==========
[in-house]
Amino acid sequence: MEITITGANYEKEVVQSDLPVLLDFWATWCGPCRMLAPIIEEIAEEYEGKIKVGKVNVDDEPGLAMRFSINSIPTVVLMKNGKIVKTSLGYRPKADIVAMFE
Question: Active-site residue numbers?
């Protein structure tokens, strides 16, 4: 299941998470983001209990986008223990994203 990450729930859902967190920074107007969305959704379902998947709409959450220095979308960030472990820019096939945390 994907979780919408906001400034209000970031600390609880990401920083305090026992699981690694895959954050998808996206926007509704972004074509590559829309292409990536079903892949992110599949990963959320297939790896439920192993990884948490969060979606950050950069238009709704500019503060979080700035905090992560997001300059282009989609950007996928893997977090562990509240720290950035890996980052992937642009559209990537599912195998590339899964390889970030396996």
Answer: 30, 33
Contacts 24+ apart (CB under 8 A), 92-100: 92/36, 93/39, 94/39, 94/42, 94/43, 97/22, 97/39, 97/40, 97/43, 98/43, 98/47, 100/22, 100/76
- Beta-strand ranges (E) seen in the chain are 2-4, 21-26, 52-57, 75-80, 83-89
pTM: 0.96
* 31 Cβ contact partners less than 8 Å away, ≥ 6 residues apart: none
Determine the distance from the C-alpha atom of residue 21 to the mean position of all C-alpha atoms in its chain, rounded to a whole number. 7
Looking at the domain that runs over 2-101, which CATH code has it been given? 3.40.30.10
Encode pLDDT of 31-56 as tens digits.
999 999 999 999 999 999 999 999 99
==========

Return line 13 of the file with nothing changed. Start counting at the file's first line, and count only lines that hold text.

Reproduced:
999 999 999 999 999 999 999 999 99